of Mars is the bright area near the center of the detailed, subtly shaded color image above. Recorded in September of this year by the Mars Global Surveyor (MGS) spacecraft, the picture shows a region surrounding the 400 kilometer wide martian polar cap in the midst of southern hemisphere spring. During this season the ice cap, predominantly layers of frozen carbon dioxide (dry ice) plus some water ice, begins to shrink as the ices change directly from solid to gas (sublimate). Hazy clouds of ice crystals and fog, extend across the bottom of the picture and a darker, more defrosted area is visible at the upper right, near the Red Planet's night side. A wealth of MGS data has allowed changes in the extent and density of the ice cap to be tracked over time. Now, researchers are also reporting indications that, in addition to seasonal changes, overall the martian southern ice cap has been dwindling in recent years -- dramatic evidence of a changing martian climate. At the measured rate, the increasing amount of carbon dioxide released could gradually raise Mars' atmospheric presure, doubling it over hundreds to thousands of martian years.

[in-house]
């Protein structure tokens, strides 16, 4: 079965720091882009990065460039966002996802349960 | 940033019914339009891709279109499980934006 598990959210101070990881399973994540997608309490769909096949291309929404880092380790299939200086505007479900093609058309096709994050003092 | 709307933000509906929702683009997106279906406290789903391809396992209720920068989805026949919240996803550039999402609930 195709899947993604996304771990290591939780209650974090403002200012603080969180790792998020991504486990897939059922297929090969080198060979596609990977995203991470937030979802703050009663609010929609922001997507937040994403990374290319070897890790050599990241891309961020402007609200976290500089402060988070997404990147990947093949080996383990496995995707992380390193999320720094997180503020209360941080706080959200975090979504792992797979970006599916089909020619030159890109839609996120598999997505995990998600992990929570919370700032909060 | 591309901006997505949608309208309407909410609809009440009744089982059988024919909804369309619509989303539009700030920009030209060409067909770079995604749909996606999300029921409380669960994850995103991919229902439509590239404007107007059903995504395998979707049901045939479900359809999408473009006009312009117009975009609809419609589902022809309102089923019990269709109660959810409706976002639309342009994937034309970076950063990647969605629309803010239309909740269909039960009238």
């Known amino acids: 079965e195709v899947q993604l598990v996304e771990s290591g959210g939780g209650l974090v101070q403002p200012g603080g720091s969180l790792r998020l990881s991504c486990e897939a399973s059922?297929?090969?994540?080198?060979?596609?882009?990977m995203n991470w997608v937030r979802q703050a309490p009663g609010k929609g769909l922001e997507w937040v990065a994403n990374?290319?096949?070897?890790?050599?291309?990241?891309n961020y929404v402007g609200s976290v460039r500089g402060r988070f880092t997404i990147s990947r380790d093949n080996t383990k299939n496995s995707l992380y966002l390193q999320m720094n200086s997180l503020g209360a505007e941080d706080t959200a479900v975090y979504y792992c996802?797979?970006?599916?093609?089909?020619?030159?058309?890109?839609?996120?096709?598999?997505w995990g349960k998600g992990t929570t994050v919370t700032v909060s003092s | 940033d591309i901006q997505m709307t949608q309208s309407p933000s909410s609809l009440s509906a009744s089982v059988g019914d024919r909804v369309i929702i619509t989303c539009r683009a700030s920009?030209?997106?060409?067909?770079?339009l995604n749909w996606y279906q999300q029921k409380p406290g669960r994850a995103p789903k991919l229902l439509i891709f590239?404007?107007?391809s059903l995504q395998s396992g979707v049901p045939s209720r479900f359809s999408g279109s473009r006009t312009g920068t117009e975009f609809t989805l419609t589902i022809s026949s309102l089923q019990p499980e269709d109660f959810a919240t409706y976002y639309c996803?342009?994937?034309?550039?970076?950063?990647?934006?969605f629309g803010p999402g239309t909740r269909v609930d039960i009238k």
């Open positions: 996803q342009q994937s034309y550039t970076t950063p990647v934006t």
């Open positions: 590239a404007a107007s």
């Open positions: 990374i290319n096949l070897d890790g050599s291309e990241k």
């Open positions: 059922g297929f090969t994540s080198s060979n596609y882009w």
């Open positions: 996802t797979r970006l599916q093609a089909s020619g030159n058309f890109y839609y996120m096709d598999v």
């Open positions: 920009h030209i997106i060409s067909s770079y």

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Based on Astronomy Picture Of the Day
Publications with keywords: climate - ice cap - carbon dioxide - Mars - south pole
Publications with words: climate - ice cap - carbon dioxide - Mars - south pole